External Composition. To identify the nature of the minerals forming the pearls, we examined the pearls using the Raman spectrometer with an attached microscope. This analysis showed that the non-nacreous areas consisted of calcite, as evidenced by the peaks at 280 and 712 cm–1, with the associated band at 1086 cm–1 (figure 6). The only noticeable exceptions were the spectra for the two bicolored pearls, where the silver nacreous areas produced a slightly different spectrum. Here, the 280 cm–1 peak was very weak and accompanied by a series of peaks at 198, 206, 217, and 287 cm–1, while the 712 cm–1 peak position shifted to a doublet feature at 701 and 705 cm–1. These features are all characteristic of aragonite, the most common polymorph found in pearls and shells, so we were not surprised to detect it on the more nacreous portions. Previous studies on pearls from Pinna nobilis (Gauthier et al., 1997; Karampelas et al., 2009) attributed the cause of color to carotenoids. While we detected the 1017 cm–1 peak reported in their studies, the other peaks were not readily apparent, which is unusual. Such pigment peaks exhibit strong resonant phenomena. Their absence could be due to the particular mollusk that produced the pearls or the laser wavelengths used in collecting the spectra, as well as the parameters used to test the samples. No other lasers were used in this study.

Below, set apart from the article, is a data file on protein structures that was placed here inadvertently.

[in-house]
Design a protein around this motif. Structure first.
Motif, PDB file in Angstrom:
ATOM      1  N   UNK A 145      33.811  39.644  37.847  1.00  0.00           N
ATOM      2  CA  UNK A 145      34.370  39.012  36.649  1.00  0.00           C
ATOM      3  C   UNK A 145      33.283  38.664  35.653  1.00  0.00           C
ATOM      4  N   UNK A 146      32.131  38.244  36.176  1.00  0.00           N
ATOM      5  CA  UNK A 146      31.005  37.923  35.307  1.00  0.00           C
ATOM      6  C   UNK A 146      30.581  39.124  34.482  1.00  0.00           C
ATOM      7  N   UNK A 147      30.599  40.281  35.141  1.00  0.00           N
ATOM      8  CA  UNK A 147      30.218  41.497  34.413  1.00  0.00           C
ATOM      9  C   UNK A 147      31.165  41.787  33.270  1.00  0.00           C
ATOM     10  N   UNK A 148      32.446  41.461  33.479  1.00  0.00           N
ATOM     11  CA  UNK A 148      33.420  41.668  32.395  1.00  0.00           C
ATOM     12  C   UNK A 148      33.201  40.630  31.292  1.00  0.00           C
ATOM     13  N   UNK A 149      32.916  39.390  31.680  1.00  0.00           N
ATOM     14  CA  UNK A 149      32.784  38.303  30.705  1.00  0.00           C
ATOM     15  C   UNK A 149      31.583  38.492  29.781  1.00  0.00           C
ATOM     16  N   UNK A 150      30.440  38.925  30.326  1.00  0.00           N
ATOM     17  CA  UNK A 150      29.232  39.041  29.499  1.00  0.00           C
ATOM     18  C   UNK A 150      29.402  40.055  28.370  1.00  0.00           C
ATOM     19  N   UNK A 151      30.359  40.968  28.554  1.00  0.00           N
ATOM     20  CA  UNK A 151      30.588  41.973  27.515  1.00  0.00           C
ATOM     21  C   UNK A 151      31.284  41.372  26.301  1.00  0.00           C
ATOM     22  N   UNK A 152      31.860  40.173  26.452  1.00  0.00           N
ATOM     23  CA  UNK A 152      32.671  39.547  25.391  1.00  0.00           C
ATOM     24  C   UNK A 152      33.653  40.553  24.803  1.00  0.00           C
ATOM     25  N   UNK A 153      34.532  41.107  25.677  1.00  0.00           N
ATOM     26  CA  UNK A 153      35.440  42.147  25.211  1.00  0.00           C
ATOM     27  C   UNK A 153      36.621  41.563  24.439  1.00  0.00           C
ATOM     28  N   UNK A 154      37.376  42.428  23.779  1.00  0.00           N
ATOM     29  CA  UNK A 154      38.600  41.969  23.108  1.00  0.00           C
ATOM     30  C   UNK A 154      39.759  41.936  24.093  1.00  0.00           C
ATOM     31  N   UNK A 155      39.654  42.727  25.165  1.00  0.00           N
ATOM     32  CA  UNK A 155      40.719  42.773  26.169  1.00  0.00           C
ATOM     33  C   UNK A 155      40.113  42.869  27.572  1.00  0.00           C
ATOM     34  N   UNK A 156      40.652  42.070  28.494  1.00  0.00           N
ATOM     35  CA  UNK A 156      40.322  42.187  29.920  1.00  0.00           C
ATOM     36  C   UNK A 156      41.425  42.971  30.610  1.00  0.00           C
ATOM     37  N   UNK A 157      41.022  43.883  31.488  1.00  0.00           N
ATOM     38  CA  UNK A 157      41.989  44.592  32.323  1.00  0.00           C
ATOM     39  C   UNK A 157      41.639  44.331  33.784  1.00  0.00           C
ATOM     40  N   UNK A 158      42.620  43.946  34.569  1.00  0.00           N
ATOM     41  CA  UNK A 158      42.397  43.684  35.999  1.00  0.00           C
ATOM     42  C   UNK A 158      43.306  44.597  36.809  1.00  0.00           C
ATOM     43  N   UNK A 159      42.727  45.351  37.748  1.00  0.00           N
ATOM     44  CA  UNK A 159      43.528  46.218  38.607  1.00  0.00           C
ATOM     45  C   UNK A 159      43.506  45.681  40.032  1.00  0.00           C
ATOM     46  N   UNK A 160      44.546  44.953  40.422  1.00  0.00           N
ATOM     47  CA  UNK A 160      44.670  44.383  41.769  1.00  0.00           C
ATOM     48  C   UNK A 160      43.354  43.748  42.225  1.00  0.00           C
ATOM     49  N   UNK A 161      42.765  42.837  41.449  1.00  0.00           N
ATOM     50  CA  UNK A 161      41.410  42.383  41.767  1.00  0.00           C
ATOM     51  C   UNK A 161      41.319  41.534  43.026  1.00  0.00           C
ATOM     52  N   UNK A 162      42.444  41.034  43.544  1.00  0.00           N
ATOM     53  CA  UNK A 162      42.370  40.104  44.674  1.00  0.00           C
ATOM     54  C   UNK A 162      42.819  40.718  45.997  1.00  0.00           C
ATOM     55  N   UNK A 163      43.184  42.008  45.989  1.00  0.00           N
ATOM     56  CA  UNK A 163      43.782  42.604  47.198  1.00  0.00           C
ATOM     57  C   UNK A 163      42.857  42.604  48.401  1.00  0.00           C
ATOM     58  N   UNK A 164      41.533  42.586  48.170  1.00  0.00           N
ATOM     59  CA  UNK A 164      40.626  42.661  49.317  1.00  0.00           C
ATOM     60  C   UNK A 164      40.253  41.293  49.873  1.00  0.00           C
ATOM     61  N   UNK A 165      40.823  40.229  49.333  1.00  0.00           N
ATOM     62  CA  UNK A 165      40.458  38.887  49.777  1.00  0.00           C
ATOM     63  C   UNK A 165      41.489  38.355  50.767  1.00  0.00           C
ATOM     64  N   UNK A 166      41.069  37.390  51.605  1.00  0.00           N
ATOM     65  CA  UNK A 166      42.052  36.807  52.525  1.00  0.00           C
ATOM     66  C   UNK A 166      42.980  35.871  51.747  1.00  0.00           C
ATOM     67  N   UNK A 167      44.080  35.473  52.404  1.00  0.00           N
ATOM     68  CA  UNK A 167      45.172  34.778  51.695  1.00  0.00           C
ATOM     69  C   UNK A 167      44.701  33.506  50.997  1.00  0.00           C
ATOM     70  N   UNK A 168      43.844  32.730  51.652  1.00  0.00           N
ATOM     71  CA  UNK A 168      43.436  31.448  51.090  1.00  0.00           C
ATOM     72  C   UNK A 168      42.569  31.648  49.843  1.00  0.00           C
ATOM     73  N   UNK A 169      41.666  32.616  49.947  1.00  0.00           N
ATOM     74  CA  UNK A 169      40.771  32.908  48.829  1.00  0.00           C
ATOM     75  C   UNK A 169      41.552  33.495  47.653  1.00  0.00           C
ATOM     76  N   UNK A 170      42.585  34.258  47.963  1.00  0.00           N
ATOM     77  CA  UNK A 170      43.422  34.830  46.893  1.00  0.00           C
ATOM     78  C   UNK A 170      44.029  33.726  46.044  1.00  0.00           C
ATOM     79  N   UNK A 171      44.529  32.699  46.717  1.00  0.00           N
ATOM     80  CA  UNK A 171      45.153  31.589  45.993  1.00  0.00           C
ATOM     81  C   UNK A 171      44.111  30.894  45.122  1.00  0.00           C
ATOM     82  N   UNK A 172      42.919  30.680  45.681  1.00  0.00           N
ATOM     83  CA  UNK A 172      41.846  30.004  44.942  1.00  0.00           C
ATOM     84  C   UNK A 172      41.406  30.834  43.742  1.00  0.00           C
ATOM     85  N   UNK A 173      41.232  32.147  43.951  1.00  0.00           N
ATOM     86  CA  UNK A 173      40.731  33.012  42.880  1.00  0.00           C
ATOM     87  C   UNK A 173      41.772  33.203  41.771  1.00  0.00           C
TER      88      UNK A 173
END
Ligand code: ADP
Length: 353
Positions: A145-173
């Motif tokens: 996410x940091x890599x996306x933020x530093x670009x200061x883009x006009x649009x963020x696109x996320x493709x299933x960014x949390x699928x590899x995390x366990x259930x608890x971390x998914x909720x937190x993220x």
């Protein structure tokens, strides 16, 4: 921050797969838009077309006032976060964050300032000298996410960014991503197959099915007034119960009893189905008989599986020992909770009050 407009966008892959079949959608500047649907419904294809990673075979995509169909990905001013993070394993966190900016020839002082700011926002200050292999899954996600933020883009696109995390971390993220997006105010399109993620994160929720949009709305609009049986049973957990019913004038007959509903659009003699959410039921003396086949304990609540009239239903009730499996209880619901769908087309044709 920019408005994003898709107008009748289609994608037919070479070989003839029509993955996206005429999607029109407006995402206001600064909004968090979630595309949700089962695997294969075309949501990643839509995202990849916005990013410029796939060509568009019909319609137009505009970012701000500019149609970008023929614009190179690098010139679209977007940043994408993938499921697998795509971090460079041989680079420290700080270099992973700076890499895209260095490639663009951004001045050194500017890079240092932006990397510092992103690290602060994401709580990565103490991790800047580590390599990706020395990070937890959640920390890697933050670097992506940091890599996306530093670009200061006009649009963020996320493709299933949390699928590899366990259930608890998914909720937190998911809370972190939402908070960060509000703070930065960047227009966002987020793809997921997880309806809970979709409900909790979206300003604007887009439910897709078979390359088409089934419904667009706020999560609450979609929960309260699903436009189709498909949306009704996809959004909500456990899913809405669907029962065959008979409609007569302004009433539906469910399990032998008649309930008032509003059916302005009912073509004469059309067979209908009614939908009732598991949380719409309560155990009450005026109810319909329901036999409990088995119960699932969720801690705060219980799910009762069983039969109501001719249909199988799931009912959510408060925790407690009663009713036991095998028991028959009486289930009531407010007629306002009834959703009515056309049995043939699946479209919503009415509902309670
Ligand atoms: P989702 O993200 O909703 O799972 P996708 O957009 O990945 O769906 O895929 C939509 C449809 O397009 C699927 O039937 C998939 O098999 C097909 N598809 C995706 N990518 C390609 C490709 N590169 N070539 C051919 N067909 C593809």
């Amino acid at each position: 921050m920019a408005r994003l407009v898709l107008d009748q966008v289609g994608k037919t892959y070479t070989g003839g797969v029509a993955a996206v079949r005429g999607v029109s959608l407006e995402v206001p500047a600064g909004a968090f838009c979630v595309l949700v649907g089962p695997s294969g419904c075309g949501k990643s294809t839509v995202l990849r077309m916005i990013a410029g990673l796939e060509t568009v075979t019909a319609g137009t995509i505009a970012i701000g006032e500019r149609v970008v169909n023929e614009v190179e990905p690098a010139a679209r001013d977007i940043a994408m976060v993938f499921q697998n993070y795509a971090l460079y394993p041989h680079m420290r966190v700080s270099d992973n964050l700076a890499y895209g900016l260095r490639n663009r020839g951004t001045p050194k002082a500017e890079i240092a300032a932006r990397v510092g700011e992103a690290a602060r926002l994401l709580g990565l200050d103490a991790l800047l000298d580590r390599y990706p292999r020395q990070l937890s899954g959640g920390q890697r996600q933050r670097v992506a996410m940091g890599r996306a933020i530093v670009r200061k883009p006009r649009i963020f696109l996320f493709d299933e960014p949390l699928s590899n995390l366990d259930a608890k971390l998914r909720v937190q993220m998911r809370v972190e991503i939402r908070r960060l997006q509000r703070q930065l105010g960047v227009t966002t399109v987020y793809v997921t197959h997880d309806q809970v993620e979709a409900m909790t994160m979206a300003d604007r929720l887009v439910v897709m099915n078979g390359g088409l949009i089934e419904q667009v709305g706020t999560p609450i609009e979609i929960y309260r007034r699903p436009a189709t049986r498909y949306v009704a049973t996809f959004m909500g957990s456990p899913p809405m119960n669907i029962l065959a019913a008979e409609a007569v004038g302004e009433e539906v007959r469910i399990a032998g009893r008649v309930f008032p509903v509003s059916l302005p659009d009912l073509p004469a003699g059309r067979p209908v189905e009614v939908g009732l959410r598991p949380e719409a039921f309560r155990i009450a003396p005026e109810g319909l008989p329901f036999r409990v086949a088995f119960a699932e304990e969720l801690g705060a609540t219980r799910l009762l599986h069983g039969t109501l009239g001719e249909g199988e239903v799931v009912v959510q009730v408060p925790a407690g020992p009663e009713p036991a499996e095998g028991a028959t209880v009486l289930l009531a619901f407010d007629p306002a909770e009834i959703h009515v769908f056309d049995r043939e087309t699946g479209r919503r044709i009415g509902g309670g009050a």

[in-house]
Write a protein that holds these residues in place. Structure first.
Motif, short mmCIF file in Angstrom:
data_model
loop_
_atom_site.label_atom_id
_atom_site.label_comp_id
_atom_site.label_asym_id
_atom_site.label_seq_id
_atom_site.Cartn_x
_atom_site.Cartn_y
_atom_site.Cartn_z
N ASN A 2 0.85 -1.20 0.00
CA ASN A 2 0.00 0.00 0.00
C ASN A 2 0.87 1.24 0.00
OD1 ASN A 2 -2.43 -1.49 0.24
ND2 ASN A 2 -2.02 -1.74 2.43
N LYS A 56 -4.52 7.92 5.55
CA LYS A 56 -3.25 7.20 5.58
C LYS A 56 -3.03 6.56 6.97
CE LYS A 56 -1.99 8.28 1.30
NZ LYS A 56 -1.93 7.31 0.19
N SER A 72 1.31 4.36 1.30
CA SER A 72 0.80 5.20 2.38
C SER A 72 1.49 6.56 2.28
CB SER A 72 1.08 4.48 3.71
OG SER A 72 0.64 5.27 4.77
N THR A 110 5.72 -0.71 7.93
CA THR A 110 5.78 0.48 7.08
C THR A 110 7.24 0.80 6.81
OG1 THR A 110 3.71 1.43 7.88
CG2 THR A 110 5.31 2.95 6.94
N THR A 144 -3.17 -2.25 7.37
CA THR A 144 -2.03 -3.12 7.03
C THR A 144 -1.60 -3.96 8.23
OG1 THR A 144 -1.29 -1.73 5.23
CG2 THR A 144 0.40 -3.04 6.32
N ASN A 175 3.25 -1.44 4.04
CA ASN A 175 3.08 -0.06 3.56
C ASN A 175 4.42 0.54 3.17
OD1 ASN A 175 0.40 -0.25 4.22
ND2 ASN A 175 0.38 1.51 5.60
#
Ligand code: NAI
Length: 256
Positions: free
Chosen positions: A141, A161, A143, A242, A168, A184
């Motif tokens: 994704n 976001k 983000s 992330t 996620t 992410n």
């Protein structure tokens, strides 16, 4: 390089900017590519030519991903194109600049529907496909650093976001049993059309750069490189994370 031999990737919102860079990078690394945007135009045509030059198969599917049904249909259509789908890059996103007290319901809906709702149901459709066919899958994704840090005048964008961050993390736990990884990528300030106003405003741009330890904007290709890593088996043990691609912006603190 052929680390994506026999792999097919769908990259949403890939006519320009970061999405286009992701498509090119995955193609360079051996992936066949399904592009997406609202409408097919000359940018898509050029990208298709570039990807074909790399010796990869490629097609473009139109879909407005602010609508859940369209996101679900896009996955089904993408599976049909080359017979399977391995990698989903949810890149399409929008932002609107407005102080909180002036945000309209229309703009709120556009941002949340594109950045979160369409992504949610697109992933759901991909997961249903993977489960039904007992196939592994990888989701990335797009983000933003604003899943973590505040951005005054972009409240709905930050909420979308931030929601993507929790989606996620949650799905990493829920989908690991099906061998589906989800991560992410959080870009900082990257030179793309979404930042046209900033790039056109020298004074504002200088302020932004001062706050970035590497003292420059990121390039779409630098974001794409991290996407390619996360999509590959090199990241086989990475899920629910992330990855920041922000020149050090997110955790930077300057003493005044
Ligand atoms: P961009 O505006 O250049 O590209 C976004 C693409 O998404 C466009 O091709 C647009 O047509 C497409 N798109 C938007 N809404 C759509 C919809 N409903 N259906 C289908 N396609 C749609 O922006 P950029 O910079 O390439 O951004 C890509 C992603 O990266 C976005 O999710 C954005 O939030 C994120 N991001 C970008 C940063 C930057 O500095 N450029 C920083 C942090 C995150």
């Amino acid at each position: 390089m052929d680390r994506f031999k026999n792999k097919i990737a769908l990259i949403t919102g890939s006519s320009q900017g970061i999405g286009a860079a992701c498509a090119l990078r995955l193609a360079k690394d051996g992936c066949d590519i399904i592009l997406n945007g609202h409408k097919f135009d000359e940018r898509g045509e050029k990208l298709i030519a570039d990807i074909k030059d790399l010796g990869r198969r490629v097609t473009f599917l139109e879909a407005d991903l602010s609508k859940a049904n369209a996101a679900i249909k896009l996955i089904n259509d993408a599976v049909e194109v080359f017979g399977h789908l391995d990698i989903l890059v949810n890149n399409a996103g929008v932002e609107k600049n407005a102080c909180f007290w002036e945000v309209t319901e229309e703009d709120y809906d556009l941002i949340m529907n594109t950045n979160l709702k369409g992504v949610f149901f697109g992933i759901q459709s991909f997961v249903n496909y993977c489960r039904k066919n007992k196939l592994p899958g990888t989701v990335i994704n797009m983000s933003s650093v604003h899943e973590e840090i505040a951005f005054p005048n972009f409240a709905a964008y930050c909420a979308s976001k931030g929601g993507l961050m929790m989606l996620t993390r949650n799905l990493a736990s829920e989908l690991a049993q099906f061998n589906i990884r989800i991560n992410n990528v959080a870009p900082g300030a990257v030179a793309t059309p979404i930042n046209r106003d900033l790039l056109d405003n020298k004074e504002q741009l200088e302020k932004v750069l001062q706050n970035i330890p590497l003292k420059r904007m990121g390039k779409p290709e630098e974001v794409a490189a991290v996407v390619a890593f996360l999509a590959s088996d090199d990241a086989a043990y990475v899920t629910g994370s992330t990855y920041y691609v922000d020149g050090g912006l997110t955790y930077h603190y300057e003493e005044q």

Photoluminescence analysis was conducted for samples 5, 9, and 15 (figure 7). The spectra are not identical, as the maxima center is somewhat different on each curve. Yet the overall pattern is quite similar apart from sample 15, the yellow-brown pearl, which has a maximum at approximately 600 nm and is offset slightly to the left of the others. A subtle band at around 700 nm is quite consistent in the samples. Very weak peaks at 555 and 565 nm were observed in the PL spectra. These do not appear to correlate with the polyenic pigment peaks seen around 546 and 558 nm in non-nacreous orange pearls such as Melo pearls, which exhibit polyenic peaks very similar to those stated for pen pearls. Therefore, we believe that polyenic compounds, which belong to the carotenoid family, were not observed in the PL spectra of the samples.